As far as bonus features go, this two-pack is, unfortunately, very thin. The highlight is an interview with actor Anthony Wong, who plays the coolest character in The Heroic Trio. There’s also an interview with film critic Samm Deighan and an essay by Beatrice Loayza (on a wicked poster in lieu of Criterion’s typical booklets). Still, those looking for supplemental materials might be a bit disappointed.
Although the lack of bonus features is admittedly a bit concerning given the higher price point of this edition than most, the quality of the restorations and the films themselves make The Heroic Trio / Executioners a must-get for anyone building up their Criterion Collection. It’s awesome to see the boutique label give more attention to genre cinema like this.
The Criterion Collection edition of The Heroic Trio / Executioners is available February 20.
By Sean Boelman
Although most of the attention in awards season goes to awards like Best Picture and the performance categories, the Academy also gives out awards for achievement in short filmmaking in three categories: live-action, animation, and documentary.
Something unique about the Oscar-nominated short films is that ShortsTV screens them in theaters every year, giving cinephiles a rare opportunity to see these acclaimed shorts on the big screen. If you can only see one of the programs this year, we’d recommend the documentaries because they’re the most consistent grouping in terms of quality, but some of the animated shorts would create a wonderfully cinematic experience, too.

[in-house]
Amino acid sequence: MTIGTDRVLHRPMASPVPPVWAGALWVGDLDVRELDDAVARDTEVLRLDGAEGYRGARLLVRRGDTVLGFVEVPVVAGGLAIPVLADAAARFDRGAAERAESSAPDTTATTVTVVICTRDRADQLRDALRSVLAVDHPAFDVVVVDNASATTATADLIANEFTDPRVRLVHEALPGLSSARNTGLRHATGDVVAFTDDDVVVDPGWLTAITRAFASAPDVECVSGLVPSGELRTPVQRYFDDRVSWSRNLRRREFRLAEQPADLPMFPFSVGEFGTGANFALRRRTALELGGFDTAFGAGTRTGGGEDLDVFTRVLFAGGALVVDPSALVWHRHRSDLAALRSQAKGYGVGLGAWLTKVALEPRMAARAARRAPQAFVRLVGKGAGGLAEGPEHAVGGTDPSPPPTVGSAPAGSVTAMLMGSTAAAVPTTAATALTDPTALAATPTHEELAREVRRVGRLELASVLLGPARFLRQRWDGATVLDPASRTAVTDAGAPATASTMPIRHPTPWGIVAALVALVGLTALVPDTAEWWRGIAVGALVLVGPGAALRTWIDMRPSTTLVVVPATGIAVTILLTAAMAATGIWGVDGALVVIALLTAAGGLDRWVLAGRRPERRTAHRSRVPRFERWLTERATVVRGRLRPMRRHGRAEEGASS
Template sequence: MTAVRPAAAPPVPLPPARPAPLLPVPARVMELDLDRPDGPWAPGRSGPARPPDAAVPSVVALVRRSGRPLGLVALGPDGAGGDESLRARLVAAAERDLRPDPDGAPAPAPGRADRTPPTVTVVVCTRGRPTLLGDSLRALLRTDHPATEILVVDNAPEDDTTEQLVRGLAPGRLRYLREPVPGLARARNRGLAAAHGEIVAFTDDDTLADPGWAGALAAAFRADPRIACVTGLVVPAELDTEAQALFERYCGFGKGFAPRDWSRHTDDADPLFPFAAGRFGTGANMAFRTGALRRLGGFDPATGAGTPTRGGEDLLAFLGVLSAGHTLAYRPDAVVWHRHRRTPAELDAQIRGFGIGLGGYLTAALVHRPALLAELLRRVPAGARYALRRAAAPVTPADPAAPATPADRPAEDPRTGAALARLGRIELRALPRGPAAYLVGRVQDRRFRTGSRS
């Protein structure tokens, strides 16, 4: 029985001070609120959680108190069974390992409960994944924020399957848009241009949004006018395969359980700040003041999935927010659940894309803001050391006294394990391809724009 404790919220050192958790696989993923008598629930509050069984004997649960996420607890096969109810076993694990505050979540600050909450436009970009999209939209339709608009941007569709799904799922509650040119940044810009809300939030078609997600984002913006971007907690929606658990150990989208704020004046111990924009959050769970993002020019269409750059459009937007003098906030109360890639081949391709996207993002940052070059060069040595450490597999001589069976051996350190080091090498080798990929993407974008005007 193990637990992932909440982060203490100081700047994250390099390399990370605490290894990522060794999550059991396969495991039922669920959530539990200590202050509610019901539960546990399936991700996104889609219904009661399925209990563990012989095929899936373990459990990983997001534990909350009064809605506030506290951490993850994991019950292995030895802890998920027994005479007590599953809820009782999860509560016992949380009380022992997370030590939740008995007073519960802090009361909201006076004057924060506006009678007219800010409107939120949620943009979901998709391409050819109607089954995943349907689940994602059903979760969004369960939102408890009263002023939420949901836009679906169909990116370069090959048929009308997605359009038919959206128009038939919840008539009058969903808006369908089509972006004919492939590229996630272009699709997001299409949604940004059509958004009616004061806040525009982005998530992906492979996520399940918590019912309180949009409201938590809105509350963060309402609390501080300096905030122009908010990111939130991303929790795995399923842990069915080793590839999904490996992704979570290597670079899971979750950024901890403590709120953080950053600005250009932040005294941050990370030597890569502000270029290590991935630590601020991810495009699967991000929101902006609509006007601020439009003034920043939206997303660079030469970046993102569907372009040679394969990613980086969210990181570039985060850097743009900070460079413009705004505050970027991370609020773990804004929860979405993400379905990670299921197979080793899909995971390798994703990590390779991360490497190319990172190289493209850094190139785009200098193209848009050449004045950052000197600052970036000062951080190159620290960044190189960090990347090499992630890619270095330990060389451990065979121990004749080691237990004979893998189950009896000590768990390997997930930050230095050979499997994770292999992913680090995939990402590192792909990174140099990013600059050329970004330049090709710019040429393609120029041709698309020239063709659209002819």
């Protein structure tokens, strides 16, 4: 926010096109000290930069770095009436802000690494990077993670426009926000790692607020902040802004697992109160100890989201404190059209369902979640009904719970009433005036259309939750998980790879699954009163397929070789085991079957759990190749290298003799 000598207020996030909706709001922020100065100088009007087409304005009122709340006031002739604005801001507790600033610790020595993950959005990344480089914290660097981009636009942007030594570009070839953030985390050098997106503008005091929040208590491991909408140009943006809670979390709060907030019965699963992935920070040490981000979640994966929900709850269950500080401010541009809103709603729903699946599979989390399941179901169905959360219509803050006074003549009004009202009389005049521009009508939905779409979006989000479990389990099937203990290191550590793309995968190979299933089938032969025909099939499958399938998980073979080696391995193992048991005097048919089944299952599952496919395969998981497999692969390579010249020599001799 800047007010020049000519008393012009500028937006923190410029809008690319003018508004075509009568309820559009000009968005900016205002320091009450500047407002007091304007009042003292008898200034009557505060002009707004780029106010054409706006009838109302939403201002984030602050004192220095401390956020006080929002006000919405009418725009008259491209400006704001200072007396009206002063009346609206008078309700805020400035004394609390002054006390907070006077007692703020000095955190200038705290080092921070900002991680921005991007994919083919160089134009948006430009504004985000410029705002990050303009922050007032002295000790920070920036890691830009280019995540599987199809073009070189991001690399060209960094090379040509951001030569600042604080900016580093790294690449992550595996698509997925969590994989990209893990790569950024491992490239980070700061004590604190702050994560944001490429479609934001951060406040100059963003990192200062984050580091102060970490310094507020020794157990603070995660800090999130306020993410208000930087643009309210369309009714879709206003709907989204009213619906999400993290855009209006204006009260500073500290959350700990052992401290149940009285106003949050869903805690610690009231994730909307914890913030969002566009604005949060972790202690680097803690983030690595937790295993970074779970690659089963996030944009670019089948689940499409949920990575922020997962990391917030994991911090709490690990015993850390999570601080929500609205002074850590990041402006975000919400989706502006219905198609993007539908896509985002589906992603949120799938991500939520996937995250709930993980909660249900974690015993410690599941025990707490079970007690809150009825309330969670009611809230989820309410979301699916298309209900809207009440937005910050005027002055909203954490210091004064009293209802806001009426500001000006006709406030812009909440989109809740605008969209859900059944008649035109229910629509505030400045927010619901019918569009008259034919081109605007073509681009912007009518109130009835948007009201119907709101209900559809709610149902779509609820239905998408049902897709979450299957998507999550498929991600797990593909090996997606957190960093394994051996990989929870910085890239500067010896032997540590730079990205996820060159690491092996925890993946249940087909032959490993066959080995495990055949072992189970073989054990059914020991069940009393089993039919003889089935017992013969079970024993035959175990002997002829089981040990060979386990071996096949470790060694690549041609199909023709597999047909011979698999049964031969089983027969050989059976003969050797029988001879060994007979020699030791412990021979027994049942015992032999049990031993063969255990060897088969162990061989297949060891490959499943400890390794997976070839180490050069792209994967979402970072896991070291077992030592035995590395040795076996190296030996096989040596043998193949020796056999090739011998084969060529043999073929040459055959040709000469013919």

We at disappointment media have watched all 15 of the Oscar-nominated shorts, and here are our rankings of the respective categories, along with our predictions of what will take home the statuette on Oscar night.
5. The After
Misan Harriman’s The After owes much of its high profile to its A-list leading man (and producer) David Oyelowo. He plays a grieving rideshare driver who is forced to confront his tragic past by an unexpected passenger. For what it’s worth, Oyelowo’s performance is strong, serving as the sole element of the film that is even moderately grounded. The film's opening scene is clearly intended to be shocking, but it ends up being laughable, and the second half crams an entire feature-length arc into 10 minutes. Frankly, the whole affair feels rushed and poorly thought out. It’s the weakest of the nominees by far.